Sandhurst graduates are far ahead of graduates from other military academies in the world. Major Weerasooriya says, “Sandhurst made me an all rounder. I’m a civil engineer and I had a very illustrious career in the army for 20 years, and even after I retired from the army I continued to do something for the army. I come from the Engineering Regiment and I became President of the Sri Lanka Army Engineers’ Association and thereafter I became President of the Ex-Servicemen’s Association. My predecessors were Dennis Perera and Tony Anghie.”

All Sandhurst graduates held significant positions in the Sri Lanka Army in later years and they were in great demand within the Army even for staff appointments. Major Weerasooriya served in the Army Head Quarters under General Udugama and General Haynes. He also served in the Central Command. These were extra regimental duties.

Major Weerasooriya remembers that in 1977 there was a major clash between the prisons and the army in Polonnaruwa. He says, “General Attygalle thought the best man to be sent is Weerasooriya. I was given two hours to get ready and go to Polonnaruwa and take over the situation. Then there was a petroleum strike to operate the distribution centres. General Seneviratne took over the first strike when he was Major and for the second strike they sent me. We distributed the petrol without any problem.”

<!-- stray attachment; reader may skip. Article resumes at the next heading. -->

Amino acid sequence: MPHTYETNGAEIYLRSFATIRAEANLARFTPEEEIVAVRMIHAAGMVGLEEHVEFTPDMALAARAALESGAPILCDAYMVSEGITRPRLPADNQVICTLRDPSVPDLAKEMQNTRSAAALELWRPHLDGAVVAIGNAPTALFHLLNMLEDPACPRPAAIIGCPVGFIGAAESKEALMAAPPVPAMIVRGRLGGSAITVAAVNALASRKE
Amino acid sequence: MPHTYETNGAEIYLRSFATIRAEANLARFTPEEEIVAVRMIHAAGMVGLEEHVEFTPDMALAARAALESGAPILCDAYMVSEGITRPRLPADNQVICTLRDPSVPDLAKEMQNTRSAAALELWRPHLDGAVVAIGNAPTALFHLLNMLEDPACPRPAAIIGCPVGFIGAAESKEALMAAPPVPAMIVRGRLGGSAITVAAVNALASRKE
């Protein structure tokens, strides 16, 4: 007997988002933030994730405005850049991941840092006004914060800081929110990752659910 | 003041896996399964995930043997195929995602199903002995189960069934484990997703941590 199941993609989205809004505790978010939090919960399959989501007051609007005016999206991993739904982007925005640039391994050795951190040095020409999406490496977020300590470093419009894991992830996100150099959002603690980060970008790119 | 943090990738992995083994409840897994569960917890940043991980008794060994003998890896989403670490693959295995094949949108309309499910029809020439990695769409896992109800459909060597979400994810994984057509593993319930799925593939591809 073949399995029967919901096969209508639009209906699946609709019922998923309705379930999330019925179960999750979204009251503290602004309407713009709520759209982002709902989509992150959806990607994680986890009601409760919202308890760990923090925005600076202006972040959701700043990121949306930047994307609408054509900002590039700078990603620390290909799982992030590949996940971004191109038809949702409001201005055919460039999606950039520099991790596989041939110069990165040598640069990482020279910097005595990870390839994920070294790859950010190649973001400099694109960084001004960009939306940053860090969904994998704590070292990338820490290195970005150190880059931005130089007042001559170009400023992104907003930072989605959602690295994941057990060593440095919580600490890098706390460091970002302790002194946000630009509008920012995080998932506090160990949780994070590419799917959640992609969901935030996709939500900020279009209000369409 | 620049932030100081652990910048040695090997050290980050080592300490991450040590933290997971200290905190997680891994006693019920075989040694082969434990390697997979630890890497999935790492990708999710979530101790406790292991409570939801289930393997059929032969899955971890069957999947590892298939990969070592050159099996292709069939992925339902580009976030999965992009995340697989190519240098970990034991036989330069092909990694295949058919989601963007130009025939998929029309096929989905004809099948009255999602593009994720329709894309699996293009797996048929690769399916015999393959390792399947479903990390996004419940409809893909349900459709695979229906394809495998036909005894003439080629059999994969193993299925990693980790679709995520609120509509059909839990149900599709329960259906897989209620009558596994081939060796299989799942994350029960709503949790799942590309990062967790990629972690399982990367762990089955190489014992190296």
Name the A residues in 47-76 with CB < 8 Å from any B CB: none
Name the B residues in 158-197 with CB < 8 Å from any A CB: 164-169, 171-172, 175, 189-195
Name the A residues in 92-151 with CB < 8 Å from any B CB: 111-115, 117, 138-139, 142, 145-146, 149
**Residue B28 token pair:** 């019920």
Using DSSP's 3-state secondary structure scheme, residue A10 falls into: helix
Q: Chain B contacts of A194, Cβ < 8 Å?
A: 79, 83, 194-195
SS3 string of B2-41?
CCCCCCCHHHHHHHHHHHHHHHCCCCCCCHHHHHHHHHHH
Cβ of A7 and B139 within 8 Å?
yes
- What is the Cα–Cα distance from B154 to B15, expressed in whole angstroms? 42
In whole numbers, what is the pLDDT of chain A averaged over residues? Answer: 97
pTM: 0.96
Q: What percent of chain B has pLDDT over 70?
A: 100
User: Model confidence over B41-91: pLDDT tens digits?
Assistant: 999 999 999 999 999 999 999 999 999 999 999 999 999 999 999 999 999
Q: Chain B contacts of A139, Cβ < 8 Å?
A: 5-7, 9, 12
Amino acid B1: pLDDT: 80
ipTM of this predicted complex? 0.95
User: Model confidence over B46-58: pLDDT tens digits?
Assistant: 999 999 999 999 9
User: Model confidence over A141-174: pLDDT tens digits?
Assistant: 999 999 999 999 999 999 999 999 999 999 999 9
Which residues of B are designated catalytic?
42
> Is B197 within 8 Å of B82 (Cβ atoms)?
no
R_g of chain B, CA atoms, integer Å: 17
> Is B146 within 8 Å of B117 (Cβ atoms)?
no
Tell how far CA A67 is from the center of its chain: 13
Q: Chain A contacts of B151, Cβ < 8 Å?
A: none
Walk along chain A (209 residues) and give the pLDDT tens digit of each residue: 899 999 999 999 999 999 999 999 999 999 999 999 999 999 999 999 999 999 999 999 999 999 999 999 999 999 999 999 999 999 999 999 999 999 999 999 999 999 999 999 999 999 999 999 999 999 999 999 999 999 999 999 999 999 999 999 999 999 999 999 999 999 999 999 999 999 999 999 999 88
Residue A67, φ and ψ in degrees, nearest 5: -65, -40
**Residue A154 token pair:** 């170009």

He further says, “During our time Sandhurst graduates were the backbone of the Sri Lanka Army. We have had five Army Commanders from Sandhurst so far. From 1957 until the early 1970s Sri Lanka sent four officers per term. It is a dying race because hardly anyone is sent to Sandhurst now. But, we meet regularly at least twice or thrice a year, and the families get together and we keep the Sandhurst traditions going. We also visit Sandhusrt. On two or three visits I have joined a group going to Sandhurst and one of those was two or three years ago. We have our own Academy now. We have the Academy to produce officers and there are around 500 cadets which is a very big number compared to our days. It is a fully fledged academy and the Sandhurst traditions are followed. They have the correct environment for officer cadet training. Not only military but there are other aspects. At Sandhurst the motto is, producing officers and gentlemen. These are two aspects that we always try to safeguard. We try to do things correctly and we know our limits. The main thing is to be a gentleman. That has to be maintained. A Sandhurst graduate is an officer and a gentleman.”